Almost a month after Lincoln County officials stood before a packed meeting room and told their constituents that a mathematical error resulted in county residents being overtaxed to the tune of $2.1 million, the commission is looking at how it can trim costs and pay people back. Among the suggestions is a plan to close the Troy Area Dispatch and combine its services with the Lincoln County Sheriff’s dispatch in Libby.
But Troy Mayor Darren Coldwell said closing the dispatcher’s office would detrimental to the community.
“I would hate to see Troy lose that service,” he said. “A lot of people think that Troy Area Dispatch just dispatches emergency services, but it’s a lot more than that.”
The error that has worsened Lincoln County’s already tight budget was found late last year, when someone noticed the county had allowed 56.86 mills to be levied for the Troy Area Dispatch, when it should have only been 31.91 mills. The mills are supposed to rise with inflation. Instead, upon further inspection, the county realized that taxes were inflating above and beyond that level. During the 2010–2011 fiscal year, dispatch received $8,526.36 more than it should have; in 2011–2012 it received $43,213 too much; in 2012–2013, $111,278.10; and in 2013–2014, $216,915.30; for a grand total of $379,932.76 over four years. Additional mistakes were found in how the Troy Parks District and the Lincoln County Campus District received funding. In all, Lincoln County over-taxed its citizens by $2,112,597.25, according to preliminary and unverified figures offered by the county.
L. Harold Blattie, executive director of the Montana Association of Counties, said the error happened sometime around 2009 when the county clerk and recorder was calculating tax data that determines how many mills ccan be levied in each district. Instead of entering the gross proceeds money received from the Troy Mine, the clerk entered the taxable value of that money and that mistake resulted in the mill levies exceeding their limits. On Feb. 7, the Lincoln County commissioners and Tammy Lauer, the clerk and recorder responsible for the mistake, met with citizens to inform them of what happened.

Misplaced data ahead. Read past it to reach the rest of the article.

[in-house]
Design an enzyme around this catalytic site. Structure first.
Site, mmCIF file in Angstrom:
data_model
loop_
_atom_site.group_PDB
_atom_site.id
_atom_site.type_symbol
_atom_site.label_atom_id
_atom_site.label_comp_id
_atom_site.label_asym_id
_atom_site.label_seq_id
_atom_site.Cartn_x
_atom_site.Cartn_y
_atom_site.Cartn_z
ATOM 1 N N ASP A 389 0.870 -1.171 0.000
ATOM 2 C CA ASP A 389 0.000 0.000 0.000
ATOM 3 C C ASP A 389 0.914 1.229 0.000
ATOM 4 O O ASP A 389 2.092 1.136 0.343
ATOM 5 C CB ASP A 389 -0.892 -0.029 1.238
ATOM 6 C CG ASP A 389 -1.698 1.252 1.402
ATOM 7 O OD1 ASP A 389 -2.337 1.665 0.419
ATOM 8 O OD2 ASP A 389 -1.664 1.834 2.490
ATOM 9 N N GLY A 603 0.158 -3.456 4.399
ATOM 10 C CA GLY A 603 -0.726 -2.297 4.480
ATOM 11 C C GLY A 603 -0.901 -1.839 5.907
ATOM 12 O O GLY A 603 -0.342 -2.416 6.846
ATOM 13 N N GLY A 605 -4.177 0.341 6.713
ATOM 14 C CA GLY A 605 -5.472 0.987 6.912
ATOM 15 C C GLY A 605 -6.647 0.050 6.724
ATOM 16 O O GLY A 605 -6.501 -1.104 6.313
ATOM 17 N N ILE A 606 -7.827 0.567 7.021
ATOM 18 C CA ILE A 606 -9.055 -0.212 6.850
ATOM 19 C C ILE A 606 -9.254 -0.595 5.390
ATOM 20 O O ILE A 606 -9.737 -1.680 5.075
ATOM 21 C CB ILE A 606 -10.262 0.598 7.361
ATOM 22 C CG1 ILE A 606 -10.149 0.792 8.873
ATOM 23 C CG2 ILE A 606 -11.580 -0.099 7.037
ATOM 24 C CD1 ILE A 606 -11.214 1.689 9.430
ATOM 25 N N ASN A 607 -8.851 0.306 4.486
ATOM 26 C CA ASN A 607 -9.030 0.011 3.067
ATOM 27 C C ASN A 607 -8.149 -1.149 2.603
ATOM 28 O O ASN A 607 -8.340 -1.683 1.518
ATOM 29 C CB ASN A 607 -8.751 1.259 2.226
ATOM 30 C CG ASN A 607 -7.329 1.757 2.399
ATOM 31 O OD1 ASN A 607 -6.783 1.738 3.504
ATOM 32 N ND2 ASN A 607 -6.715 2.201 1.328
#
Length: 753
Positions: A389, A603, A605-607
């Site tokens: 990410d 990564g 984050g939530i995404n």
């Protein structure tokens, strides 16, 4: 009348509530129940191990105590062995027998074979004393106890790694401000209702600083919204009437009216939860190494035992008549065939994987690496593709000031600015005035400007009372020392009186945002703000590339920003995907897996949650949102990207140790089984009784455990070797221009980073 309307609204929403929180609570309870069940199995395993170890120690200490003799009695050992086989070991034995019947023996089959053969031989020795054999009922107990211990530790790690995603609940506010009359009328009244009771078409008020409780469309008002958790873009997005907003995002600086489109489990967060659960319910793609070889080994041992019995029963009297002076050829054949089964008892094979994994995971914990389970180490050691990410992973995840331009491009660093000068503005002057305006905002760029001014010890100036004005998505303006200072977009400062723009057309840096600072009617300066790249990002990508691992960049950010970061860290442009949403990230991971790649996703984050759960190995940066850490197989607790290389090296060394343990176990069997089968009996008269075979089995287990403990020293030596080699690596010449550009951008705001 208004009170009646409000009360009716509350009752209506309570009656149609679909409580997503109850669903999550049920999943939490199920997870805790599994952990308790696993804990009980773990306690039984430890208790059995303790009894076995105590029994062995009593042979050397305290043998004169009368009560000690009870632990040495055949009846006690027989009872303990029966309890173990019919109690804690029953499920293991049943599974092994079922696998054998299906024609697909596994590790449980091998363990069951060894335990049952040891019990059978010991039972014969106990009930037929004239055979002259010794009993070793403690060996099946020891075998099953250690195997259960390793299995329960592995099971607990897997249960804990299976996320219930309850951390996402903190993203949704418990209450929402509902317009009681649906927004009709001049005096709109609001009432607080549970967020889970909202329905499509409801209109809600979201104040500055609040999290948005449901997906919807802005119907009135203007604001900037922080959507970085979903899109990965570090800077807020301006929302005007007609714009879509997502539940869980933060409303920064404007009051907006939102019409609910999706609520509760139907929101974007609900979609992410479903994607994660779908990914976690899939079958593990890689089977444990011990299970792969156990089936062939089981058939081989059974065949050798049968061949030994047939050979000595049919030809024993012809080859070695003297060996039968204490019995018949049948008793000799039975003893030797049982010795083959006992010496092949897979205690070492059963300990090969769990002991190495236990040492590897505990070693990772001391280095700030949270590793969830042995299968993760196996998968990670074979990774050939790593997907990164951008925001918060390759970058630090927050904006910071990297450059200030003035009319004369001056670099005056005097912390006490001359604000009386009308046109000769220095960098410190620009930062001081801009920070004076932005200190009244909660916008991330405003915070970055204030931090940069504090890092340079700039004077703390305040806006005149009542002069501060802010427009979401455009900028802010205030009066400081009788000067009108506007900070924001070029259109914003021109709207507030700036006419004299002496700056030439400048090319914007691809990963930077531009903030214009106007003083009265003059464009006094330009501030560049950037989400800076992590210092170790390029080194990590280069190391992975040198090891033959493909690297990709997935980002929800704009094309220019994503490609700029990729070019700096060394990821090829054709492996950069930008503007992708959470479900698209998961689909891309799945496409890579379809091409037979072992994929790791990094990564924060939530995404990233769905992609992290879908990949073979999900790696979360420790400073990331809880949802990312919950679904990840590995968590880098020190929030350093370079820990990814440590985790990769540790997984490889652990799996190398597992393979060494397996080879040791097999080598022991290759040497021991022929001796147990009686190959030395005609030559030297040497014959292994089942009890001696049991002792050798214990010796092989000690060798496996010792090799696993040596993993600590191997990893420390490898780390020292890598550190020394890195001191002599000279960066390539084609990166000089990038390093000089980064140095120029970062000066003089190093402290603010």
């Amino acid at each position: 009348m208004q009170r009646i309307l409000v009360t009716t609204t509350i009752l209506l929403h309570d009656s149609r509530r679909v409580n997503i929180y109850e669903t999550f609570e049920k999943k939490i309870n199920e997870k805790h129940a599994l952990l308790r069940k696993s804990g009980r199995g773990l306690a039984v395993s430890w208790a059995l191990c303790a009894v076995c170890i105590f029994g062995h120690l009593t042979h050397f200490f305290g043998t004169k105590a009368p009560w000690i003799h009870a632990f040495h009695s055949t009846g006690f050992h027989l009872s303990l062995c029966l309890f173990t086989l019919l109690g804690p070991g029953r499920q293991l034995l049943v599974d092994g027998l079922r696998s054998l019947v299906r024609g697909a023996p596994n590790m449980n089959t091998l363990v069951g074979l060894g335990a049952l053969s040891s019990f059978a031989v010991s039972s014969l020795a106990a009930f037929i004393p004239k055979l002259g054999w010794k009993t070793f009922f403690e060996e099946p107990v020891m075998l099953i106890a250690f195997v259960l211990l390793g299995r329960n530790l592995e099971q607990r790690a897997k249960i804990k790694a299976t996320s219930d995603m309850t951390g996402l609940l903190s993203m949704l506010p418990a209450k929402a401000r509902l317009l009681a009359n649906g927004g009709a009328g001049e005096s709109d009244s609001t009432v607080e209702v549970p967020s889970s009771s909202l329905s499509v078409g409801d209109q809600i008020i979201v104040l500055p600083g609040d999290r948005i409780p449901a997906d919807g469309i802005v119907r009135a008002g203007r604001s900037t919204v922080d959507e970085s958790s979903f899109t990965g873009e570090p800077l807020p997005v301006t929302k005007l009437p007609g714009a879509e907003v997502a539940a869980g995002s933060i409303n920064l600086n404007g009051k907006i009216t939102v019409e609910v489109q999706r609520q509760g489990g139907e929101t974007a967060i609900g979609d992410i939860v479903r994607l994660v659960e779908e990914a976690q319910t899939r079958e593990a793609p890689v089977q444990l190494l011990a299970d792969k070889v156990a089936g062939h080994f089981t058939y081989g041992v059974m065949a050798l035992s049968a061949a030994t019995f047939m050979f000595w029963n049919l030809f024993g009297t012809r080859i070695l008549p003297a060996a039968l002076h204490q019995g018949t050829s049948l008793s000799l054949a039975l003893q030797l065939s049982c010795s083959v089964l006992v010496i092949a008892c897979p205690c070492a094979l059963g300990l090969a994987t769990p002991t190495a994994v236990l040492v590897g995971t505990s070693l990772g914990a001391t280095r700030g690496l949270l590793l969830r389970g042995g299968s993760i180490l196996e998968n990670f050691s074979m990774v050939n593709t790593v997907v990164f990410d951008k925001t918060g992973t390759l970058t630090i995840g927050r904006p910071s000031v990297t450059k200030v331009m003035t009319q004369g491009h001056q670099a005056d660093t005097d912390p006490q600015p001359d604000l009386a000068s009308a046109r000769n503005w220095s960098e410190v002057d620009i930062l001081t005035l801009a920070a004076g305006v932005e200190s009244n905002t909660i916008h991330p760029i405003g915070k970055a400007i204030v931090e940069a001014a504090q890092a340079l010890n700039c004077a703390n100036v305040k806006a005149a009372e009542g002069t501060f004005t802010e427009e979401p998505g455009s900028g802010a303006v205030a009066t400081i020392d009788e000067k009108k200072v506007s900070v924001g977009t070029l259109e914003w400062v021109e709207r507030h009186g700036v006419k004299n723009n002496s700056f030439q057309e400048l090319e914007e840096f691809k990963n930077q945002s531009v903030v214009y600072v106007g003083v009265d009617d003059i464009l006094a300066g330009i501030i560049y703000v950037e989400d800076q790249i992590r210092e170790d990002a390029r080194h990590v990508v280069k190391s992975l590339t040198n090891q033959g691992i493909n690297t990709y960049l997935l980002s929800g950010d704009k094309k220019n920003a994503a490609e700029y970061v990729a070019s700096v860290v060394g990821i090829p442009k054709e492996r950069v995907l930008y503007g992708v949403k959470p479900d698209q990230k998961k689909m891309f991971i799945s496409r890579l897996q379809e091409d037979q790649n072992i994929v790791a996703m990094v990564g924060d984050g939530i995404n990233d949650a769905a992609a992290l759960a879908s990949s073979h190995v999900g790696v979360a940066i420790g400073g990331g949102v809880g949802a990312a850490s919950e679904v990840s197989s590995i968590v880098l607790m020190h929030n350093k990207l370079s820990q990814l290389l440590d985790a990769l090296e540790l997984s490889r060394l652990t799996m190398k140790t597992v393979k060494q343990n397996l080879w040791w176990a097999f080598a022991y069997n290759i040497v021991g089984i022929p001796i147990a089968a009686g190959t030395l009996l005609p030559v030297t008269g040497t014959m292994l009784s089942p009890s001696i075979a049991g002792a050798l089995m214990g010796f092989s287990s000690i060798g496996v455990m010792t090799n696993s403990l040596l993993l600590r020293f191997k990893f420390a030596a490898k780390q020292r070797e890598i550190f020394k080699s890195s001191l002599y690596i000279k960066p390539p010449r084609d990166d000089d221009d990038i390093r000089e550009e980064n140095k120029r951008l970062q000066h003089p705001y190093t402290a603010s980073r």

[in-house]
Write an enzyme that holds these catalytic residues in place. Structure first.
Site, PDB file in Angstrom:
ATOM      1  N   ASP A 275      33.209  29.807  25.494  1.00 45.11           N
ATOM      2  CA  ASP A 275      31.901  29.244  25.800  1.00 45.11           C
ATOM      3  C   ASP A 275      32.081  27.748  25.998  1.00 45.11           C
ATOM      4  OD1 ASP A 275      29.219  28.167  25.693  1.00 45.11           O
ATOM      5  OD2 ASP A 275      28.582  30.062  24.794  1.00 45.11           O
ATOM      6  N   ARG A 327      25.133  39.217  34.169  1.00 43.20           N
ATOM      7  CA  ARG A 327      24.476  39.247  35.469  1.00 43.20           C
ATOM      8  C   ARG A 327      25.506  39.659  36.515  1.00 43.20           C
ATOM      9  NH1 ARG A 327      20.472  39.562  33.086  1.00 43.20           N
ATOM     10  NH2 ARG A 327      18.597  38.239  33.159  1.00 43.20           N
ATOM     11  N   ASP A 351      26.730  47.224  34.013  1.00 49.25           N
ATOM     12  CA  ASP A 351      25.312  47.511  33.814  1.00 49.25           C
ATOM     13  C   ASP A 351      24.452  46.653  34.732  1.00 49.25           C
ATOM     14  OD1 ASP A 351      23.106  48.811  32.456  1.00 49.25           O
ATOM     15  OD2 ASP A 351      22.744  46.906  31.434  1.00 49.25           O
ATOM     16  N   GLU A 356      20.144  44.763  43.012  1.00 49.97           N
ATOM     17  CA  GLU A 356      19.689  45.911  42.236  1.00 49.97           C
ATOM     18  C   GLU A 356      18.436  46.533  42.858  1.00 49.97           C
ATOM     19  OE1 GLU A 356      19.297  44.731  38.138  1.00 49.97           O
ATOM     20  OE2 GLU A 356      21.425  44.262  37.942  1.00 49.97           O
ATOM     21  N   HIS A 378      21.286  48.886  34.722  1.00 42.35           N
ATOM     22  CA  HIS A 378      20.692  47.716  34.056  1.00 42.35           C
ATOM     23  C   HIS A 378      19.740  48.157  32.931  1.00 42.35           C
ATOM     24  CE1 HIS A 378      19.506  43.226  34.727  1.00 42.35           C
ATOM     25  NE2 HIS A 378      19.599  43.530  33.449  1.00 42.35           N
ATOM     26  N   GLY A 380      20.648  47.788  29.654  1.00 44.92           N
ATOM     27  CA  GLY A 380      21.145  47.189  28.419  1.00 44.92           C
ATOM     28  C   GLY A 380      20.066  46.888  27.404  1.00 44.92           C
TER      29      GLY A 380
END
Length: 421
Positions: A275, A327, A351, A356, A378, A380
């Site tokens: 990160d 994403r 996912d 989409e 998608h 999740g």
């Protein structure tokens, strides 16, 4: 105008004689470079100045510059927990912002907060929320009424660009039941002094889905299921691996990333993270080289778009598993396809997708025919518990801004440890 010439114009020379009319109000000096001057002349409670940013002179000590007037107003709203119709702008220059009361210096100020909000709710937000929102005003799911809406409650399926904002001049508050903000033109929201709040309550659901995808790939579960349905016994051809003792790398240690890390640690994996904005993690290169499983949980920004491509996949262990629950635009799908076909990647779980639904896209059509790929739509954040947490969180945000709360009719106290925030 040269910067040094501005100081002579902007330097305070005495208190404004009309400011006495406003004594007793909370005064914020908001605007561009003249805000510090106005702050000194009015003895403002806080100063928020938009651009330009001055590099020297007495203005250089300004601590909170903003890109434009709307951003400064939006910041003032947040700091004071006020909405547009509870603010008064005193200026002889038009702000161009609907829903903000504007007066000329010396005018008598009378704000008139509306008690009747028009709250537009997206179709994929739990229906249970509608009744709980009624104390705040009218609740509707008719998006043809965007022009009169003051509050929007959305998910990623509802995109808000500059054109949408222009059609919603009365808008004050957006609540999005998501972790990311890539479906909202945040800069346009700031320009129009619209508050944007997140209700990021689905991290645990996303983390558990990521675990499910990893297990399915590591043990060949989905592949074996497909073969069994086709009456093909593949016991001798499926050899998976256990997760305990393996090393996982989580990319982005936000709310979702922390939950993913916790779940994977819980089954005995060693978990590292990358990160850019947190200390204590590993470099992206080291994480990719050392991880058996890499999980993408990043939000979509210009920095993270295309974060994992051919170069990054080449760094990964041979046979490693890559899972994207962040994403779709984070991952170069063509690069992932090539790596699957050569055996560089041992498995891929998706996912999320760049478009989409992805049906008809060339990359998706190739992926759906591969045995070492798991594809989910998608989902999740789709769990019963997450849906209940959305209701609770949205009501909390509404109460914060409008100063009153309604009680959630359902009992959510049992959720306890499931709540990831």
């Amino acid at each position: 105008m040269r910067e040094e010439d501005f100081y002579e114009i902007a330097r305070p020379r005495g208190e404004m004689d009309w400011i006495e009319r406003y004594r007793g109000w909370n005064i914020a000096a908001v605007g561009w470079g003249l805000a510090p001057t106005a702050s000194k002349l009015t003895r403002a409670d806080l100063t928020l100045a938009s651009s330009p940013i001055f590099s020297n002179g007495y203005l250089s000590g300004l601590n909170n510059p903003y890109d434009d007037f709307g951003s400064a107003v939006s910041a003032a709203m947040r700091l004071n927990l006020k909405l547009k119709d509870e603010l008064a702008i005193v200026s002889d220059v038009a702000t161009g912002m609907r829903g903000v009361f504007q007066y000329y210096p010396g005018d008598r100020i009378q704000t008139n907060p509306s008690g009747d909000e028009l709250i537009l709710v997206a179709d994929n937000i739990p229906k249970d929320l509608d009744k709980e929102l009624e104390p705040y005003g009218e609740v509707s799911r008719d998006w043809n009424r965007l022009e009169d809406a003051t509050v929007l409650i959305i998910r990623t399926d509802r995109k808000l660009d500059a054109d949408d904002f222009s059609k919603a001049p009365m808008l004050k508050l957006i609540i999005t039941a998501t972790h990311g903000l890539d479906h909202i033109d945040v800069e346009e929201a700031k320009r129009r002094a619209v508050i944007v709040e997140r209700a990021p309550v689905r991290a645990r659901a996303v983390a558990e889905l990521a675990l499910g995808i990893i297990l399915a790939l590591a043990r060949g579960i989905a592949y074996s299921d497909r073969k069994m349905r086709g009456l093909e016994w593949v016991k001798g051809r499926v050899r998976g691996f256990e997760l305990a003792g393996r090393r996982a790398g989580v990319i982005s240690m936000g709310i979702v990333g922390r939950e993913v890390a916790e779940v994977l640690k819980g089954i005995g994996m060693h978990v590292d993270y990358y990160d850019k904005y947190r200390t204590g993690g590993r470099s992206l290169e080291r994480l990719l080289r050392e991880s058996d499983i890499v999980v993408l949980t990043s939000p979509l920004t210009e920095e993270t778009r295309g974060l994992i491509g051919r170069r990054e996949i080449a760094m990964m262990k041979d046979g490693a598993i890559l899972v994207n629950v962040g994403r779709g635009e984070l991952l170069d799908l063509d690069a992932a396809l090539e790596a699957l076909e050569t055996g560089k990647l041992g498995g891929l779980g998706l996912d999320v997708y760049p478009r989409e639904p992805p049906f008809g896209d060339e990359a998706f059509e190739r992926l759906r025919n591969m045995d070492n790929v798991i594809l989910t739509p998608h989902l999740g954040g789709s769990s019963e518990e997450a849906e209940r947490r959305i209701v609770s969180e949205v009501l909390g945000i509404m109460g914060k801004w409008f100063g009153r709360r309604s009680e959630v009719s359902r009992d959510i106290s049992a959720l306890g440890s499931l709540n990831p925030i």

In the weeks since, officials have been combing over the books and have hired an independent auditor to look at the Troy Area Dispatch’s budget and audit all of the mill levy worksheets from the last three years. Once those reviews are completed, the county will figure out how to reimburse taxpayers. Commissioner Tony Berget said the county had hoped it would be able to simply issue a reimbursement check, but that turned out to be cost prohibitive.
“It looks like we’re just going to have to reduce taxes for the next two or three years and we’re now debating how long that will take,” he said. “But we want to do it as quickly as possible.”
Berget said the county is looking to make cuts anywhere it can, and one option is closing the Troy Area Dispatch, which is at the center of the mathematical mistake. Lincoln County Sheriff Roby Bowe has been hosting a series of public meetings about the matter and said consolidating the dispatch with the one in Libby would save money.
“It would be just as effective as it is now,” Bowe said.
According to Bowe, the Troy Area Dispatch’s budget is about $250,000 annually. He argues his dispatchers could do the same job for $10,000 every year, following an initial cost to update area radio towers that would cost $300,000.
However, Mayor Coldwell and Troy Area Dispatch board member Gene Rogers said closing the local dispatching center doesn’t make sense, especially since it was recently refurnished. Besides dispatching police and fire services, the Troy Area Dispatch organizes school bus drivers, utility workers and even occasionally helps reunite people with a lost pet. If the dispatching center were to close in Troy, six people would also lose their jobs.
“That’s six families impacted by this,” he said. “That’s not good for Troy.”
Berget said it would be up to the people to decide if the Troy Area Dispatch should close and it may be put on the ballot in June.
“It was voted in by the people and so we think it’s right that they decide what happens,” he said.
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